Impact Factor 4.137 | CiteScore 4.28
More on impact ›

Review ARTICLE

Front. Oncol., 19 May 2020 | https://doi.org/10.3389/fonc.2020.00851

Metabolic Traits in Cutaneous Melanoma

  • 1Immunology Department, “Victor Babes” National Institute of Pathology, Bucharest, Romania
  • 2Pathology Department, Colentina University Hospital, Bucharest, Romania
  • 3Faculty of Biology, Doctoral School, University of Bucharest, Bucharest, Romania

Tumor microenvironment is a network of complex cellular and molecular systems where cells will gain specific phenotypes and specific functions that would drive tumorigenesis. In skin cancers, tumor microenvironment is characterized by tumor infiltrating immune cells that sustain immune suppression, mainly lymphocytes. Melanoma cellular heterogeneity can be described on genetic, proteomic, transcriptomic and metabolomic levels. Melanoma cells display a metabolic reprogramming triggered by both genetic alterations and adaptation to a microenvironment that lacks nutrients and oxygen supply. Tumor cells present clear metabolic adaptations and identifying deregulated glycolysis pathway could offer new therapy targets. Moreover, the immune cells (T lymphocytes, macrophages, NK cells, neutrophils and so on) that infiltrate melanoma tumors have metabolic particularities that, upon interaction within tumor microenvironment, would favor tumorigenesis. Analyzing both tumor cell metabolism and the metabolic outline of immune cells can offer innovative insights in new therapy targets and cancer therapeutical approaches. In addition to already approved immune- and targeted therapy in melanoma, approaching metabolic check-points could improve therapy efficacy and hinder resistance to therapy.

Introduction

Metabolic requirements change when cells enter the proliferation process this is due to the fact that cell metabolism needs to sustain a different cellular stage. Accordingly, cancer cell needs to fulfill an increased biosynthesis rate because all cancer cells are characterized by a deregulated cell proliferation. Therefore, cancer cells have to direct available nutrients toward biosynthetic pathways maintaining ATP levels for a proper homeostasis. A drug targeting metabolic pathways could be common for many types of solid tumors (1). Nevertheless, normal cells when proliferate have the same metabolic needs to cancer cells, this raises the issue of targeting a metabolic pathways that can be common to normal and cancer cells, therefore finding the therapeutic window for an anticancer cell metabolism is still a matter of intense study.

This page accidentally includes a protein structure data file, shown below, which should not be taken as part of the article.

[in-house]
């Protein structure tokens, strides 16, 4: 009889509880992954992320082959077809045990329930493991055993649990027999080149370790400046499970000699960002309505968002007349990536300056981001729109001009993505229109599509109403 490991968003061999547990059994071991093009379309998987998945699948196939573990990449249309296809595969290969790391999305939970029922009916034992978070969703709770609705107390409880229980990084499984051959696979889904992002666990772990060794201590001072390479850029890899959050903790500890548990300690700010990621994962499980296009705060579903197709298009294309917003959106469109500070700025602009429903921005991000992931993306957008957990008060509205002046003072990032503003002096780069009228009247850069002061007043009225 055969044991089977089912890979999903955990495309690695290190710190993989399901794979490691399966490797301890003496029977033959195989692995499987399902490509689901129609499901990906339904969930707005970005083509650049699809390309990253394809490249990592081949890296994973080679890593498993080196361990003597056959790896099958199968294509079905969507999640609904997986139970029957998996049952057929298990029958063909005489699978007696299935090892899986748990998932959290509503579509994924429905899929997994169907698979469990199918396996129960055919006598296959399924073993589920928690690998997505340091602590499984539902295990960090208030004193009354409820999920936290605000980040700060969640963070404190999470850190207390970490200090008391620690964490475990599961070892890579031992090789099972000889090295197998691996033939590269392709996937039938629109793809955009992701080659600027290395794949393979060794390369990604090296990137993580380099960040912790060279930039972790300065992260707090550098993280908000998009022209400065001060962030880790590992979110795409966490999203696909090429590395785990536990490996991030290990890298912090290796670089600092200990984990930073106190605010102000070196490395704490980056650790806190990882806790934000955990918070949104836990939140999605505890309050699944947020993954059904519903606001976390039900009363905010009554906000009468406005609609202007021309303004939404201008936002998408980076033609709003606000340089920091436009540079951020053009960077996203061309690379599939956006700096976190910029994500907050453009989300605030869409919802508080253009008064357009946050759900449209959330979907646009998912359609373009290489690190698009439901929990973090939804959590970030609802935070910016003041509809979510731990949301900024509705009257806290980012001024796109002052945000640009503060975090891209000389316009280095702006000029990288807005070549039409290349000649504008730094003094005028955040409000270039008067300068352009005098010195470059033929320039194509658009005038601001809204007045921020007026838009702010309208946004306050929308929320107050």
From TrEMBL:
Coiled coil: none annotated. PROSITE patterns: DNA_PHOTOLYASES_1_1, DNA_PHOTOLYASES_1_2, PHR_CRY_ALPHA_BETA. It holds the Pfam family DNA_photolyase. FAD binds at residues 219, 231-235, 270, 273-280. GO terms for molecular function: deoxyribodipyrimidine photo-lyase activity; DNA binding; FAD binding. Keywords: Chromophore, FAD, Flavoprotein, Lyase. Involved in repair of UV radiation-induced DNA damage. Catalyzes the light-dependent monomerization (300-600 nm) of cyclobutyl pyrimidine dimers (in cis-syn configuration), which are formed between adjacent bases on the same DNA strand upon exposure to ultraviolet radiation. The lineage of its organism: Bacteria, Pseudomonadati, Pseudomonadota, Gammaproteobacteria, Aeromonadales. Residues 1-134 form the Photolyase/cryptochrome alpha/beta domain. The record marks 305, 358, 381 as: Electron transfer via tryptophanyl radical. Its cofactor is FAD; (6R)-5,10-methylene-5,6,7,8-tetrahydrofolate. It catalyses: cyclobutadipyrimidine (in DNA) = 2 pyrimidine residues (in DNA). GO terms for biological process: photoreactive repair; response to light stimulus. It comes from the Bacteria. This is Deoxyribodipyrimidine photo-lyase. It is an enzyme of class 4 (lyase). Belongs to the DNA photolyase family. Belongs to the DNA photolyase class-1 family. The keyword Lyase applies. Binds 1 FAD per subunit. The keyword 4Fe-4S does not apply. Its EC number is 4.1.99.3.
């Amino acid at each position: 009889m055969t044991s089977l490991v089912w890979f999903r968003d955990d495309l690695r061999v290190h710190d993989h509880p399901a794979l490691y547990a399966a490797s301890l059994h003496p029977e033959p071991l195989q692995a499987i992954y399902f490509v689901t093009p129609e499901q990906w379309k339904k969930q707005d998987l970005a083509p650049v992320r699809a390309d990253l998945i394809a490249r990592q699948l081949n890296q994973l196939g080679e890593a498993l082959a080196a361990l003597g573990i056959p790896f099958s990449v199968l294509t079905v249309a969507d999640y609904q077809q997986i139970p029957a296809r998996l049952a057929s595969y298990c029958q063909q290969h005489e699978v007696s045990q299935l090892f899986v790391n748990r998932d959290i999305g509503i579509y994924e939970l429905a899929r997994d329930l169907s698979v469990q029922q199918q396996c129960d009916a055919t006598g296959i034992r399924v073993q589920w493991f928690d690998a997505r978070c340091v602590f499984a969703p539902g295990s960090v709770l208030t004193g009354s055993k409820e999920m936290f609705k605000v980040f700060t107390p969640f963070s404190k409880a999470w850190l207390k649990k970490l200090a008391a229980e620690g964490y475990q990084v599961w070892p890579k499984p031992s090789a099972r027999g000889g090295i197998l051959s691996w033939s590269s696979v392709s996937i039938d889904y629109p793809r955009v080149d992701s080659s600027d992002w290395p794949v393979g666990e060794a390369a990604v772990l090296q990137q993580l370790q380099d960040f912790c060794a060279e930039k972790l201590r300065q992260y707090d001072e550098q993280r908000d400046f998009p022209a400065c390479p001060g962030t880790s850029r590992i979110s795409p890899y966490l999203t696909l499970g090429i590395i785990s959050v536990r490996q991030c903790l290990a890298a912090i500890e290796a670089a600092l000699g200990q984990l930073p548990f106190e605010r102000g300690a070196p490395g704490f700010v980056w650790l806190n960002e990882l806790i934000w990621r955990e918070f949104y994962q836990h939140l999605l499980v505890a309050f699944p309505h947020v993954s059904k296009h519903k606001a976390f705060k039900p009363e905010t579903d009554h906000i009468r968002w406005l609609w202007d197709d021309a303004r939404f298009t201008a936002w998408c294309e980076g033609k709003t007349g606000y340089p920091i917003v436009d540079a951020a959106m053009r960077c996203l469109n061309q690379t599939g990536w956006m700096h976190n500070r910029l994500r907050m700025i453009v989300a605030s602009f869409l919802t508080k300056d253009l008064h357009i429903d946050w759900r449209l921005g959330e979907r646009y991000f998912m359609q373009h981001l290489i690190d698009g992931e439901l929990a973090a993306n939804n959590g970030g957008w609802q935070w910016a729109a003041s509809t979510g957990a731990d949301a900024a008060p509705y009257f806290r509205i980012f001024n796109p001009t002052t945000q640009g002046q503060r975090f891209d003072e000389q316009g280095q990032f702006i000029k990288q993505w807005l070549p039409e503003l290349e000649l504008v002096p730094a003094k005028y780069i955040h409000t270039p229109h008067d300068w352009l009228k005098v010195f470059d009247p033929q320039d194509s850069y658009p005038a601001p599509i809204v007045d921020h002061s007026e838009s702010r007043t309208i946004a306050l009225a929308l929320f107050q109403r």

Tumor consists of heterogeneous cellular populations and is subjected to various stimuli that would favor tumor development. These factors can be of neuroendocrine origin (2), UV irradiation (3), inflammatory conditions (4) or even, the still in debate, presence of Human papilloma viruses (HPV). HPV, a DNA virus, is strongly related to various non-melanoma cancers where 'high-risk' mucosal HPV consist mainly of 16, 18, 31, 33, and 35 types (5). The involvement of HPV in melanoma tumorigenesis has very few reports, in principle contradictory and mainly done on mucosal melanomas. So, there are groups that report the presence while other the lack of HPV infection. Thus, in mucosal melanomas HPV16 strain was found predominant while in skin melanoma HPV22 prevailed, the authors pointing out that HPV strains can be detected in some melanoma sub-groups (6). Similar results have shown that mucosal high-risk HPV genotypes are present in a quarter of precursor lesions acquired dysplastic melanocytic naevi and over a quarter in primary melanomas (7), or other HPV strains in melanomas (8). Other groups reported the lack of identifying the HPV in melanomas. Therefore, in primary malignant melanomas of non-sun exposed sites the lack of HPV detection was reported (9) as the same lack of HPV was reported in perineal melanomas (10).